Hairdresser. . . photographer. . . rebel. . . artist. Robert Lobetta is one of the elite talents who has shaped the world of international hairdressing in the 20th and 21st centuries.
From his earliest days, Lobetta saw himself as an artist. His goal was to train at one of London’s leading art schools, but his father saw a different future, and over Robert’s protests, apprenticed his young son at a friend’s salon.
It was the early 1970s, while the teenaged Lobetta rebelled at the restrictions of the training, he recognized his own spirit in the creative explosion of the London fashion scene. After establishing himself at the Ricci Burns salon, he began to experiment with the concept of hair as 3-dimensional art—as mobile sculpture.
Rockstars, artists and London’s punks filled his chair, looking for Lobetta’s transgressive cuts and styles, but he remained restless. He worked in top salons; he opened two salons of his own. Eventually, he embraced work as an editorial session stylist, which led him to a fascination with photographic expression he maintains to this day.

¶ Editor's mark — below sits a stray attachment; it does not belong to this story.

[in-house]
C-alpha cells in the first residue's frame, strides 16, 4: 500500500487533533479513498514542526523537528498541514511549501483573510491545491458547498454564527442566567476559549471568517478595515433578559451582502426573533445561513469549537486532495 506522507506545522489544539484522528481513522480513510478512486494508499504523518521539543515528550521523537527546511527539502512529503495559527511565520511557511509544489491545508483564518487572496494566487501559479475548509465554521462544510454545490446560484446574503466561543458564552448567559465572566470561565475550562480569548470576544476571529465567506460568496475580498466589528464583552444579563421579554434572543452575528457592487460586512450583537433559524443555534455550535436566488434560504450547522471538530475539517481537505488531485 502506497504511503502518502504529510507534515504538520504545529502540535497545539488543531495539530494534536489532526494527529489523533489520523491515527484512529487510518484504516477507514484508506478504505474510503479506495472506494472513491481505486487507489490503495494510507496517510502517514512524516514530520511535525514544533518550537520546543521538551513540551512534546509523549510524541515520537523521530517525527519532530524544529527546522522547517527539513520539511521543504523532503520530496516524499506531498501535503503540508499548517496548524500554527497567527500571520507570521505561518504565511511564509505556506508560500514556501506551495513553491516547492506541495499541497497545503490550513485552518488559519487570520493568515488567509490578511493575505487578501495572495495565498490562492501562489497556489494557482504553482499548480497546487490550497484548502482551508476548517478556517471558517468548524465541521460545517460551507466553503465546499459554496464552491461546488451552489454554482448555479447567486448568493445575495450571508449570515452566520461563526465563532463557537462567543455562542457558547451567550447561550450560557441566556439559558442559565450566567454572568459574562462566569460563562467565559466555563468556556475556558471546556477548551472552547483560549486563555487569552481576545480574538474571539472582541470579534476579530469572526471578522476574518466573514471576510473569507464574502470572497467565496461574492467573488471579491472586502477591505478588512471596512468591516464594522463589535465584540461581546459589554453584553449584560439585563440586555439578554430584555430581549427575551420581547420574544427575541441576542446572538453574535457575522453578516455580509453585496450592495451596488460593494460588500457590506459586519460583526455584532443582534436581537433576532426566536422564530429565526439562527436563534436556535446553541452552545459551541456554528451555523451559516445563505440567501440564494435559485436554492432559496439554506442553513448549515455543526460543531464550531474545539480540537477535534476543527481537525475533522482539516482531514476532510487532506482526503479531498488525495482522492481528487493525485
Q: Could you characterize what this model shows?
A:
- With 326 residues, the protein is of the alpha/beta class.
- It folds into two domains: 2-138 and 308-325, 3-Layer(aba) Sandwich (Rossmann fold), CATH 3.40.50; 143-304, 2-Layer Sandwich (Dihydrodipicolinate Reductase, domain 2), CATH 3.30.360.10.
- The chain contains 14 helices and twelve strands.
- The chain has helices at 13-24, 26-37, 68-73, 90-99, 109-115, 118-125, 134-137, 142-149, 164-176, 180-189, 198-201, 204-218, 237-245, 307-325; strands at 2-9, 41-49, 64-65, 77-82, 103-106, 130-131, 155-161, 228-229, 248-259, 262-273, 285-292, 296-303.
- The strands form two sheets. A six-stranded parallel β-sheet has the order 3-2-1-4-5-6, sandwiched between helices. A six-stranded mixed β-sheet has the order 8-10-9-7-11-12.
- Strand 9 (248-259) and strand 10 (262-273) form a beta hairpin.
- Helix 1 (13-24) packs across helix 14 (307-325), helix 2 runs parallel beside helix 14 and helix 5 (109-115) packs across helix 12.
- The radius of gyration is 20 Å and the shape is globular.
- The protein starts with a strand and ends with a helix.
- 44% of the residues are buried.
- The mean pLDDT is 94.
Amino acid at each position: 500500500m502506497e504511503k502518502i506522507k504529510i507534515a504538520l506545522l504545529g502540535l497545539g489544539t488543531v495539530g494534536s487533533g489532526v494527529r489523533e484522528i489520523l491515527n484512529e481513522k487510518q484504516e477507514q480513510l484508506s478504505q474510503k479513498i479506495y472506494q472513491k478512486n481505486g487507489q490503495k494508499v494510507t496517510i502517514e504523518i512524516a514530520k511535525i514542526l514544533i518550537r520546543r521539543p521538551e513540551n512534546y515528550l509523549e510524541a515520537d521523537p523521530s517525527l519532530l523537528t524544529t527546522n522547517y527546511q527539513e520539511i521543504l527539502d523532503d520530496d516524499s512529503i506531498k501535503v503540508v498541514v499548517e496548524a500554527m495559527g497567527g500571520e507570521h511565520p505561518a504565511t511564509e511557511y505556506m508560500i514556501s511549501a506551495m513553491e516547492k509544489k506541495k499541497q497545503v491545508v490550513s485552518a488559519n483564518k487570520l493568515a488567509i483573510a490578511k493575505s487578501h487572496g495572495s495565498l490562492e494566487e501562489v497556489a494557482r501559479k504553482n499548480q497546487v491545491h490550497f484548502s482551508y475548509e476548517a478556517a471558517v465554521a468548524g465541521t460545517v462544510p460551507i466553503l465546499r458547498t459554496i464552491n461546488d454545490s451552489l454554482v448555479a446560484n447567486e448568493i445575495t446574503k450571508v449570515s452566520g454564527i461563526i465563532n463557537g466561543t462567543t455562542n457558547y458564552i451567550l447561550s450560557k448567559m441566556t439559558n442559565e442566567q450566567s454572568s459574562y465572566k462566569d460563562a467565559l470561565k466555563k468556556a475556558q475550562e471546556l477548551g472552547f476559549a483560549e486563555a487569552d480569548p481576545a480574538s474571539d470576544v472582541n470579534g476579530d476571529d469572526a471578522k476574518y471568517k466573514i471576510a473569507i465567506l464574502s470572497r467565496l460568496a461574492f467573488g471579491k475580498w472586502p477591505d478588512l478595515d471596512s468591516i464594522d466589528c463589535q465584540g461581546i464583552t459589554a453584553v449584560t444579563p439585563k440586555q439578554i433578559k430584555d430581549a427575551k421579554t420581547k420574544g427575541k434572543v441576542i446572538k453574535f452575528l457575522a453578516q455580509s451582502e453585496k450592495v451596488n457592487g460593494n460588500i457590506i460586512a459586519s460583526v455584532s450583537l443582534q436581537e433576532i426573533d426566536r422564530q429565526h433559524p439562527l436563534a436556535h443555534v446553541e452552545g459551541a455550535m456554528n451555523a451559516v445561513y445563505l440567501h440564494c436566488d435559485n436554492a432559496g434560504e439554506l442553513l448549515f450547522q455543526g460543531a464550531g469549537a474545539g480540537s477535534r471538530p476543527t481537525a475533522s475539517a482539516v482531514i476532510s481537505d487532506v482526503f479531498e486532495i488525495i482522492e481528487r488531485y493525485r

In 1985, Lobetta extended his exploration of the boundaries of hair and art in his collaboration with Geri and John Cusenza, as Creative Director for Sebastian Professional in Los Angeles. The iconic images he created as hairdresser, photographer, designer and conceptualizer challenged, sometimes enraged and often inspired viewers to leave the traditional definitions of hair fashion behind. For many hairdressers today, Lobetta’s Sebastian work is what motivated them to push beyond the boundaries of the craft to become genuine image-makers.